“Grease filters are positioned at the periphery of the canopy, where they are able to extract and filter the fumes from the cooking process before they manage to escape. This can reduce extract volumes by up to 40%, in turn leading to smaller plant and energy loads.”
Galeckyj points out that ventless cooking has grown substantially, with many sites restricted with plant location, planning restrictions and neighbourly issues. Applications such as airports, stadia, arenas, basement cooking and many more instances have increased challenges. Energy savings are even being found in this category of the market, with Britannia developing a range of self-contained, ‘Refresh Ultima’ recirculation units, suitable for electrically-powered equipment. “This is available in various sizes to accommodate multiple pieces of equipment of up to 3600mm wide. The system has been designed with an efficient fume capture giving low air duty, with the combination of an internal fan tower designed with energy efficient fan motors.”
Whatever your preferred system, the gains that are now being made in modern-day ventilation are changing the game for foodservice operators and helping to ensure kitchen profits don’t disappear into thin air.
Pizza boom drives business for extraction specialist
A specialist kitchen extraction supplier is seeing a sharp spike in demand for its services off the back of Britain’s pizza chain boom. Andover-based Chimflue, which designs and fabricates bespoke flue systems, has bagged dozens of contracts with restaurant chains that use authentic wood-fired cooking equipment in their kitchens. Over the past year it has completed projects with Rossopomodoro, Franco Manca and Home Slice, which between them operate more than 30 branches and are looking at further expansion in 2016.
Other pizzerias it has carried out work for include Sacroe Cuore, Santa Maria, Pizza Union and Pizzeria Apollo, which all have branches throughout the London area, as well as Craft London, which is based on the Greenwich Peninsula. “We have been installing specially-designed flues and water-based filtration systems on pizza ovens for many of these customers to ensure they have the correct extraction in place — keeping them cooking day and night,” explains managing director Sam Ford.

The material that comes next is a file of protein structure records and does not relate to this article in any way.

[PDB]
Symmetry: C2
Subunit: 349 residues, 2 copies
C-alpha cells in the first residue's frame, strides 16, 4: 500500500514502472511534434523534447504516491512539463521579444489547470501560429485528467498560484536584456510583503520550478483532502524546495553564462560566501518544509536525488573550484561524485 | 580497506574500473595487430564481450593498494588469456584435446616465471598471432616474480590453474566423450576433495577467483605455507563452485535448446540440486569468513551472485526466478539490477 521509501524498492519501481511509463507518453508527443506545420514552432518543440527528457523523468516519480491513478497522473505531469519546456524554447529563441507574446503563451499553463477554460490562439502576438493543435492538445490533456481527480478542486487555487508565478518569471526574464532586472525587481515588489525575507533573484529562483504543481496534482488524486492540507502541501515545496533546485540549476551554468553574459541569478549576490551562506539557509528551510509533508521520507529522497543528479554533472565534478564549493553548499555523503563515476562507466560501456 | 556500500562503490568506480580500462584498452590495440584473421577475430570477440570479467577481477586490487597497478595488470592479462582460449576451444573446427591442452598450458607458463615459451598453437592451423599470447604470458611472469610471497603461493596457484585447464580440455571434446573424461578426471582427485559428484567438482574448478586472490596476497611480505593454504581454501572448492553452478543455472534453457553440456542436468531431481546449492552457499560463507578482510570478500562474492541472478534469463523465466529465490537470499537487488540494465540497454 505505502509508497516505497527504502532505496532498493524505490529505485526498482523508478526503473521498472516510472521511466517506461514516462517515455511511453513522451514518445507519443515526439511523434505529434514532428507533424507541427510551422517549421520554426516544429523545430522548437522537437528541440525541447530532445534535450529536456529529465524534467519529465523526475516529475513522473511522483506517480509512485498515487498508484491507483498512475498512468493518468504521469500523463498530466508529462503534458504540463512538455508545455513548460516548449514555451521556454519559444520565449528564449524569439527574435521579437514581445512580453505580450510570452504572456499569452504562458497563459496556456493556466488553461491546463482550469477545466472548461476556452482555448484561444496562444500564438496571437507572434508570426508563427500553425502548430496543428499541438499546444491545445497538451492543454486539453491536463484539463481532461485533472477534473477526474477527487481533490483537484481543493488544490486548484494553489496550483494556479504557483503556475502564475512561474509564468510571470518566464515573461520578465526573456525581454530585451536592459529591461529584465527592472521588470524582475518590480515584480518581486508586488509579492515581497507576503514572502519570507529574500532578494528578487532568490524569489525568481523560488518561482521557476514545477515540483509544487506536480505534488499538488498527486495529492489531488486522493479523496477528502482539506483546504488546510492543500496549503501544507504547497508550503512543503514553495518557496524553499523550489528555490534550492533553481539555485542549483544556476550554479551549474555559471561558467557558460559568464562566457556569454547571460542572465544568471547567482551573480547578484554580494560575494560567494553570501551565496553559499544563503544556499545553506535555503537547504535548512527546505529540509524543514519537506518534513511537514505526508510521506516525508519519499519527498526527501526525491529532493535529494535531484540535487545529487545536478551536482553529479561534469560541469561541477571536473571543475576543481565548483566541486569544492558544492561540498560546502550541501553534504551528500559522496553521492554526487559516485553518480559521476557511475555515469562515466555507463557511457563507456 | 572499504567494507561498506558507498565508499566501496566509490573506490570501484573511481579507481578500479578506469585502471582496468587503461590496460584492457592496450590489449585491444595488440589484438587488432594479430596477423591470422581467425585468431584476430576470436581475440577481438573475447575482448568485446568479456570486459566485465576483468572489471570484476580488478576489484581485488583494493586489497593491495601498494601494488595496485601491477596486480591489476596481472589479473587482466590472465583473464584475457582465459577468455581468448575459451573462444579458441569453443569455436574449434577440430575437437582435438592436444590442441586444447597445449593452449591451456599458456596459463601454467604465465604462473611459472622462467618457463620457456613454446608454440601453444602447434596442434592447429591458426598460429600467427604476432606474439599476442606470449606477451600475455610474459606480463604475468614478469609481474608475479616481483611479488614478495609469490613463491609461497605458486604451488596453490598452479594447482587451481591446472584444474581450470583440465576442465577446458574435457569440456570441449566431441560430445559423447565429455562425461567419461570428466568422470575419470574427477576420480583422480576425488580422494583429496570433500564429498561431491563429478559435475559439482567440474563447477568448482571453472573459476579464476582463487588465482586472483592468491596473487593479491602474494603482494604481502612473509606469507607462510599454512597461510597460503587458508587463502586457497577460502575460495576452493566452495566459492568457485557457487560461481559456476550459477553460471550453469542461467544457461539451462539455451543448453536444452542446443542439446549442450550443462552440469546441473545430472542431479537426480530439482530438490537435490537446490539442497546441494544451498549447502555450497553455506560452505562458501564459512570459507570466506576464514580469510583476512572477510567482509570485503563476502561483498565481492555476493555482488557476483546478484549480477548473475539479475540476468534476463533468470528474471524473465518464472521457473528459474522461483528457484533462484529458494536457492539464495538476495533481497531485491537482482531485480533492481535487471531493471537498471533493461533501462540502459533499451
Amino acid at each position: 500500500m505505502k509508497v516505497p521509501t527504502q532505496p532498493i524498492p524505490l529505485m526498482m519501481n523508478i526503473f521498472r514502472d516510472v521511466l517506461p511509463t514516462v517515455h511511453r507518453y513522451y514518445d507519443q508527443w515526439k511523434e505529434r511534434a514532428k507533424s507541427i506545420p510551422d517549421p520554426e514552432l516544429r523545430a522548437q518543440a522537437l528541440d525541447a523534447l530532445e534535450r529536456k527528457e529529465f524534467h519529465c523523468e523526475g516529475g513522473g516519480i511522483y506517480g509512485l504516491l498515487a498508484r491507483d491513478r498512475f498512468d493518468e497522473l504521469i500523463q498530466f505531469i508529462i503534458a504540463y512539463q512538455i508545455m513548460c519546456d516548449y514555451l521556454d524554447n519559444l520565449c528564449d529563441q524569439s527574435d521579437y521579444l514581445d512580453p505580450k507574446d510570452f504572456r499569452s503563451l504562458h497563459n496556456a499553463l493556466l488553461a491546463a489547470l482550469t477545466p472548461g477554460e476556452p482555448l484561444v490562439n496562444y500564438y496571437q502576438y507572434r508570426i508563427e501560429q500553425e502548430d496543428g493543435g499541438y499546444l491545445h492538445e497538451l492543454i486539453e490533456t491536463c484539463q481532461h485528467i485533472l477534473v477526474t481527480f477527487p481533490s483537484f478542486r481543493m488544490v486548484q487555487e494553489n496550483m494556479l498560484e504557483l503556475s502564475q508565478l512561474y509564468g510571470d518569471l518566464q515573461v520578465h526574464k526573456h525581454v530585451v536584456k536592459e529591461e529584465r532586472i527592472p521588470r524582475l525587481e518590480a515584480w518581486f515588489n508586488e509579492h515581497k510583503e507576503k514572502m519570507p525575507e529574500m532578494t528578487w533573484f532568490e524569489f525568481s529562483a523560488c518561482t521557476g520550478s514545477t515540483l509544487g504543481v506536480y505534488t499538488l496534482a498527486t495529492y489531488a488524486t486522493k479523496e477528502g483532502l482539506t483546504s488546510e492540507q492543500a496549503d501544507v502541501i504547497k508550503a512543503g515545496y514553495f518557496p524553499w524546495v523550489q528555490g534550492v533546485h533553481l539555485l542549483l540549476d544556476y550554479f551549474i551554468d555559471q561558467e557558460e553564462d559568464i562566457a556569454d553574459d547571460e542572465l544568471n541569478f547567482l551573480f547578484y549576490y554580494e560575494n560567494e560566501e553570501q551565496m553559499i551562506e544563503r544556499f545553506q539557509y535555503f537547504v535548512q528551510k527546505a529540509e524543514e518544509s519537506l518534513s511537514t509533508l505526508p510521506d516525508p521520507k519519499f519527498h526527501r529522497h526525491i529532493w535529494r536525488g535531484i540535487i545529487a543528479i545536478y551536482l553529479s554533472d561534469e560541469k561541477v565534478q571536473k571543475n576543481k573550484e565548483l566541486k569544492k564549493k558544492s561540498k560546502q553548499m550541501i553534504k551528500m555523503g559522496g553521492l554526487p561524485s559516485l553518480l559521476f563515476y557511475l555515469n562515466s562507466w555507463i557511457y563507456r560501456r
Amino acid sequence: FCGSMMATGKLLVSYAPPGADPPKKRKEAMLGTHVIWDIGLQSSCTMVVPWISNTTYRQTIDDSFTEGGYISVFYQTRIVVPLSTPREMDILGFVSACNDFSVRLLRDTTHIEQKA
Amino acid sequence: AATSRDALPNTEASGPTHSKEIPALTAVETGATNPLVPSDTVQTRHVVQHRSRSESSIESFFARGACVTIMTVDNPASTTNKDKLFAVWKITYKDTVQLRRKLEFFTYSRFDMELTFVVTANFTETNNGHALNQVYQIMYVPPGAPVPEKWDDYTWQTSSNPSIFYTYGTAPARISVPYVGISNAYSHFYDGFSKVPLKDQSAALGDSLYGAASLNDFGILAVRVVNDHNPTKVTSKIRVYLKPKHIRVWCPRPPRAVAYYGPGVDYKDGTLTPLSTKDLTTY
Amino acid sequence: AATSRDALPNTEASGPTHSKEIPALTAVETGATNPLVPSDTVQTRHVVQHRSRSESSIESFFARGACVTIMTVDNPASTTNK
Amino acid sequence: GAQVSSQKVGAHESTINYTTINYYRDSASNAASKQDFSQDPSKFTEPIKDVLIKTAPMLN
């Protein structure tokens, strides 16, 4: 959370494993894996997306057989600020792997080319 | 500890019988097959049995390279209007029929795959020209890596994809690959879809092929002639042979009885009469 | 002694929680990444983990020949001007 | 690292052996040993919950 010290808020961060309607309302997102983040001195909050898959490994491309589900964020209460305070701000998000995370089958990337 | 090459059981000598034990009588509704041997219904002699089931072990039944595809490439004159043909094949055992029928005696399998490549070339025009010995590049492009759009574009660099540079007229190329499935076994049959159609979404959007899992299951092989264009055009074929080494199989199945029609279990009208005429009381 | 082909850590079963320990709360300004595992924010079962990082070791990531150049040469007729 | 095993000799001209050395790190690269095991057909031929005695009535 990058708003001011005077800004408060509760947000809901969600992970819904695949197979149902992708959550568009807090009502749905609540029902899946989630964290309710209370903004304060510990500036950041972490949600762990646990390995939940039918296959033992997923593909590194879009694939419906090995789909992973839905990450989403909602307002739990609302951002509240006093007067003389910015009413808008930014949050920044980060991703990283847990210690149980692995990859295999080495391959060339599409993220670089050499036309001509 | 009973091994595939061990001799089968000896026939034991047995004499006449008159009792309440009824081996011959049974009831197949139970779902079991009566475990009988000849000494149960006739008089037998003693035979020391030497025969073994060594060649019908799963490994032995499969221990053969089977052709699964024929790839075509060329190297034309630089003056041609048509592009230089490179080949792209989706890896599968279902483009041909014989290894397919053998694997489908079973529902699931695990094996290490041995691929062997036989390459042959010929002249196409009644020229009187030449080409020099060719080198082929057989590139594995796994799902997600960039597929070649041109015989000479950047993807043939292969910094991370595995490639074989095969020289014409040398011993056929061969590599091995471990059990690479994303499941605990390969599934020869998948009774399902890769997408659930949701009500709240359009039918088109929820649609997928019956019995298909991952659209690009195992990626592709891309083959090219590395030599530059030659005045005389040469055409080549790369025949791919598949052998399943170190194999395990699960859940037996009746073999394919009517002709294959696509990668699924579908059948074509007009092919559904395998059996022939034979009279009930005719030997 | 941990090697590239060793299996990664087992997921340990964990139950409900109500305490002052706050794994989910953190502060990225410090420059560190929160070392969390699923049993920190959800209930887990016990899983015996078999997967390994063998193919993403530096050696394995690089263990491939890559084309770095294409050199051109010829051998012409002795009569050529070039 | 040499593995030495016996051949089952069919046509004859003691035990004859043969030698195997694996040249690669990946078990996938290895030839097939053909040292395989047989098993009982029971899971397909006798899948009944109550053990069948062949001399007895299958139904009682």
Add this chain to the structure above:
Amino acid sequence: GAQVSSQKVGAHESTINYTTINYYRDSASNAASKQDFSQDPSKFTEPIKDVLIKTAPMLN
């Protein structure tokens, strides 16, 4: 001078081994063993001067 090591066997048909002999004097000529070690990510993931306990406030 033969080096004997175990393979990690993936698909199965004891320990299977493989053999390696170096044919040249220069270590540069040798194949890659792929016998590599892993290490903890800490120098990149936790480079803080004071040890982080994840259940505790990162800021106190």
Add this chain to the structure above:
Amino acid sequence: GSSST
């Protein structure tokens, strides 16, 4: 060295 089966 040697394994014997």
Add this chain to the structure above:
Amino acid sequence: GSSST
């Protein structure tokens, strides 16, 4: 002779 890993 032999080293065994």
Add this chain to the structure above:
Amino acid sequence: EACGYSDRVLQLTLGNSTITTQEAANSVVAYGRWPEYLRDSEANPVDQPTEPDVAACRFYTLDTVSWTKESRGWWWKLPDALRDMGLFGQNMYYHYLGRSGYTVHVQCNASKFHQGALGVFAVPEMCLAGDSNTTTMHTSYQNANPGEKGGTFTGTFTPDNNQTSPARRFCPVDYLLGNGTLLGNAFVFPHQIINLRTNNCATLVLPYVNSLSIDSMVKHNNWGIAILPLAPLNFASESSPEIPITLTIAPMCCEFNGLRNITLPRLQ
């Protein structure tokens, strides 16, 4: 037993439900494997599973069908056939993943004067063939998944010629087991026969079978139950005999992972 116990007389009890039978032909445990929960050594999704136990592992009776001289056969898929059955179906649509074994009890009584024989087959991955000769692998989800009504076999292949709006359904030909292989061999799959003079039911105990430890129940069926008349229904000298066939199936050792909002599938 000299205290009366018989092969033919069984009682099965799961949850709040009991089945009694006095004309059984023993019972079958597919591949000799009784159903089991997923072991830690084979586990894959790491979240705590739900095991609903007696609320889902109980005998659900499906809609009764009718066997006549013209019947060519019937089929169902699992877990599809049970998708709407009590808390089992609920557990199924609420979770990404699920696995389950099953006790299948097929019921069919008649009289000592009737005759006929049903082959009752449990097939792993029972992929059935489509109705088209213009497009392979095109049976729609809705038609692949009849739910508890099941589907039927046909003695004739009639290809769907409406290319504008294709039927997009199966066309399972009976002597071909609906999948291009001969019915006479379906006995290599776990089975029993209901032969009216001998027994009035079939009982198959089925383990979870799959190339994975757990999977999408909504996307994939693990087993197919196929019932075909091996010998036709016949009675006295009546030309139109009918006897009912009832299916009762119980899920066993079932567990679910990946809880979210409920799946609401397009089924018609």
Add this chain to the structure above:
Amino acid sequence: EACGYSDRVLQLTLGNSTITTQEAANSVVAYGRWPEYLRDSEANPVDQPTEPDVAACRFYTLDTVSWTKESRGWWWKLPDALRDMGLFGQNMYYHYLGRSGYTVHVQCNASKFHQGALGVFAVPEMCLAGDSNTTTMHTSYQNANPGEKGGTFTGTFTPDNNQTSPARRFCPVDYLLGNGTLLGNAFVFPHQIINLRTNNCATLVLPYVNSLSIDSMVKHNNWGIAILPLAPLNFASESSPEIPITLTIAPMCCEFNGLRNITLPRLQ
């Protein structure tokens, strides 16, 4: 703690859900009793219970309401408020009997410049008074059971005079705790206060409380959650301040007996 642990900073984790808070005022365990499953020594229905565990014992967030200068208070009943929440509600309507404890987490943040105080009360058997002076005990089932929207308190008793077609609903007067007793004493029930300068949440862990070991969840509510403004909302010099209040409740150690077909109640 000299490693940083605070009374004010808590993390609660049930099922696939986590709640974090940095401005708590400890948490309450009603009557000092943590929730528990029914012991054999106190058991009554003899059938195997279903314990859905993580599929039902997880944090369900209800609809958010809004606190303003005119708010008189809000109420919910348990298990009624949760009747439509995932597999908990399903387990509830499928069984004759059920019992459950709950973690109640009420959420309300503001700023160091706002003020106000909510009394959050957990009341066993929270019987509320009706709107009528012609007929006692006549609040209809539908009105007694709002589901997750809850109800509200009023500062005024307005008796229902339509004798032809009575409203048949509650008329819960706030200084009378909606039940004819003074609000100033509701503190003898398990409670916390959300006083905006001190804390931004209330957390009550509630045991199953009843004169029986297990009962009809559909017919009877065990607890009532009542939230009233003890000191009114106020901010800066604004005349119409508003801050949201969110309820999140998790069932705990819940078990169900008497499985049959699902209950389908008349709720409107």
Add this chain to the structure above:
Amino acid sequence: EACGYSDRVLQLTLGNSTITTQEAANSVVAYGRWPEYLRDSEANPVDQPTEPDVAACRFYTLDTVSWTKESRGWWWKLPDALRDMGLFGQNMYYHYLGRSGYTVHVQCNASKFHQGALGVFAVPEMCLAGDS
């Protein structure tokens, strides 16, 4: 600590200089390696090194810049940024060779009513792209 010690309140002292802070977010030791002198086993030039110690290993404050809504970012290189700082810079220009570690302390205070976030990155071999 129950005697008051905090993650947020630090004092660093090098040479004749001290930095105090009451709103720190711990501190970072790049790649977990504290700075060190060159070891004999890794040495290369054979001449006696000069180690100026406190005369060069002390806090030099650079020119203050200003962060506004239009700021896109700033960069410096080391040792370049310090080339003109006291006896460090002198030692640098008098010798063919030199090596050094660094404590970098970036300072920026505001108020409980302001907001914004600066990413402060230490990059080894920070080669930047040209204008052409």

Ford says that while much of its work with pizza chains was done in London, an appetite for nationwide growth means it is increasingly carrying out installations in cities such as Newcastle, Manchester and Liverpool.
So, what are the main factors that operators need to bear in mind when it comes to extraction for equipment such as wood-fired ovens? “Ensuring that they install a system capable of the high temperatures and soot produced by the ovens as well as an ability to easily clean the system,” replies Ford. “They also need to ensure that they are in compliance with local regulations and guidance for installation of such appliances.”
‘Method of flow rate calculation is archaic’
Ventilation is dictated by the air volumes needed, based on the cooking appliances used. Induction cooking appliances, for example, require considerably less air volume. A reduced volume will mean smaller energy efficient fan motors making the system more efficient.
But according to Andrew Galeckyj, commercial director at Britannia Kitchen Ventilation, the current method of flow rate calculation (DW/172 Method 1 –SEFR) is “archaic” as this method of calculation was devised for cooking appliances available at the time of the first publication of the industry standard (DW/171) back in 1999.
“Little consideration was given to the appliances’ input loads, whether it be gas or electric,” he argues. “It would also be fair to comment on the fact the cooking appliances in use in new restaurant cooking styles in the current market place, are not even listed in DW/172. In a nutshell, the flow rate requirements are generic, based on plan area of appliances and do not reflect true requirements of the appliances being served. This will hopefully be taken into consideration on the revised version of the specification (DW/173).”